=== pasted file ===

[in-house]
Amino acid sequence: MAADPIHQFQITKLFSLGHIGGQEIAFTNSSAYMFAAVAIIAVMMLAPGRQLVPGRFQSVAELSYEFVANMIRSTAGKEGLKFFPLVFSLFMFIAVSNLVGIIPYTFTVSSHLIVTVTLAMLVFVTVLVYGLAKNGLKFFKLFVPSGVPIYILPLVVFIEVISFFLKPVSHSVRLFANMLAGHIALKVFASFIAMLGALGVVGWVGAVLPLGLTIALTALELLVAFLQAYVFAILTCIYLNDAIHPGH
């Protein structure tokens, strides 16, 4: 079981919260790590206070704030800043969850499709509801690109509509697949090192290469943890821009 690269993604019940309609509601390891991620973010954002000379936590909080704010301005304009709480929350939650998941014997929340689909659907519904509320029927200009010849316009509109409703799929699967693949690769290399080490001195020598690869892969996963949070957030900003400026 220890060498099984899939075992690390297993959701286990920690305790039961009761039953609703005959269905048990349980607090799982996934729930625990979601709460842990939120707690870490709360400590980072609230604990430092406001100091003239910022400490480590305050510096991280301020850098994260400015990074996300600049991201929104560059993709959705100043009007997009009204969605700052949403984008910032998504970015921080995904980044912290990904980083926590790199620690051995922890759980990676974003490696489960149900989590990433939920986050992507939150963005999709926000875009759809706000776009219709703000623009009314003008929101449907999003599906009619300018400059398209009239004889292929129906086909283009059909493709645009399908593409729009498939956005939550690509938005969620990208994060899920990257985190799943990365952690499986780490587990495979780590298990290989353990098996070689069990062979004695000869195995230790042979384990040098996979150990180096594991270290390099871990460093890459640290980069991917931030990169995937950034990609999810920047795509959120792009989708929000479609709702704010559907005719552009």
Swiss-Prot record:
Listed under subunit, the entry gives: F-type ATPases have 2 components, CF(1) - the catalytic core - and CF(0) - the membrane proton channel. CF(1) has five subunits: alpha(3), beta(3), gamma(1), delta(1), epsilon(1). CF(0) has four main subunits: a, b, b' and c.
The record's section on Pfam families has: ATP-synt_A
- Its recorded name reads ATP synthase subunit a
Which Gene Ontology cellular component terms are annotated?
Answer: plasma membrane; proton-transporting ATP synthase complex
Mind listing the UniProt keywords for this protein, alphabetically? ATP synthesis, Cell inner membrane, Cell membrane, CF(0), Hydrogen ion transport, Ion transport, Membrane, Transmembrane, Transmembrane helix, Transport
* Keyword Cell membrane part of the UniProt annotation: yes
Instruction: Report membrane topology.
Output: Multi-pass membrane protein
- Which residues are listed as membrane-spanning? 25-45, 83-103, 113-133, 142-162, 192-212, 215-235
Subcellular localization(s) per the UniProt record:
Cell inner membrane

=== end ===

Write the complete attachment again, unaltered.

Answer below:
[in-house]
Amino acid sequence: MAADPIHQFQITKLFSLGHIGGQEIAFTNSSAYMFAAVAIIAVMMLAPGRQLVPGRFQSVAELSYEFVANMIRSTAGKEGLKFFPLVFSLFMFIAVSNLVGIIPYTFTVSSHLIVTVTLAMLVFVTVLVYGLAKNGLKFFKLFVPSGVPIYILPLVVFIEVISFFLKPVSHSVRLFANMLAGHIALKVFASFIAMLGALGVVGWVGAVLPLGLTIALTALELLVAFLQAYVFAILTCIYLNDAIHPGH
């Protein structure tokens, strides 16, 4: 079981919260790590206070704030800043969850499709509801690109509509697949090192290469943890821009 690269993604019940309609509601390891991620973010954002000379936590909080704010301005304009709480929350939650998941014997929340689909659907519904509320029927200009010849316009509109409703799929699967693949690769290399080490001195020598690869892969996963949070957030900003400026 220890060498099984899939075992690390297993959701286990920690305790039961009761039953609703005959269905048990349980607090799982996934729930625990979601709460842990939120707690870490709360400590980072609230604990430092406001100091003239910022400490480590305050510096991280301020850098994260400015990074996300600049991201929104560059993709959705100043009007997009009204969605700052949403984008910032998504970015921080995904980044912290990904980083926590790199620690051995922890759980990676974003490696489960149900989590990433939920986050992507939150963005999709926000875009759809706000776009219709703000623009009314003008929101449907999003599906009619300018400059398209009239004889292929129906086909283009059909493709645009399908593409729009498939956005939550690509938005969620990208994060899920990257985190799943990365952690499986780490587990495979780590298990290989353990098996070689069990062979004695000869195995230790042979384990040098996979150990180096594991270290390099871990460093890459640290980069991917931030990169995937950034990609999810920047795509959120792009989708929000479609709702704010559907005719552009």
Swiss-Prot record:
Listed under subunit, the entry gives: F-type ATPases have 2 components, CF(1) - the catalytic core - and CF(0) - the membrane proton channel. CF(1) has five subunits: alpha(3), beta(3), gamma(1), delta(1), epsilon(1). CF(0) has four main subunits: a, b, b' and c.
The record's section on Pfam families has: ATP-synt_A
- Its recorded name reads ATP synthase subunit a
Which Gene Ontology cellular component terms are annotated?
Answer: plasma membrane; proton-transporting ATP synthase complex
Mind listing the UniProt keywords for this protein, alphabetically? ATP synthesis, Cell inner membrane, Cell membrane, CF(0), Hydrogen ion transport, Ion transport, Membrane, Transmembrane, Transmembrane helix, Transport
* Keyword Cell membrane part of the UniProt annotation: yes
Instruction: Report membrane topology.
Output: Multi-pass membrane protein
- Which residues are listed as membrane-spanning? 25-45, 83-103, 113-133, 142-162, 192-212, 215-235
Subcellular localization(s) per the UniProt record:
Cell inner membrane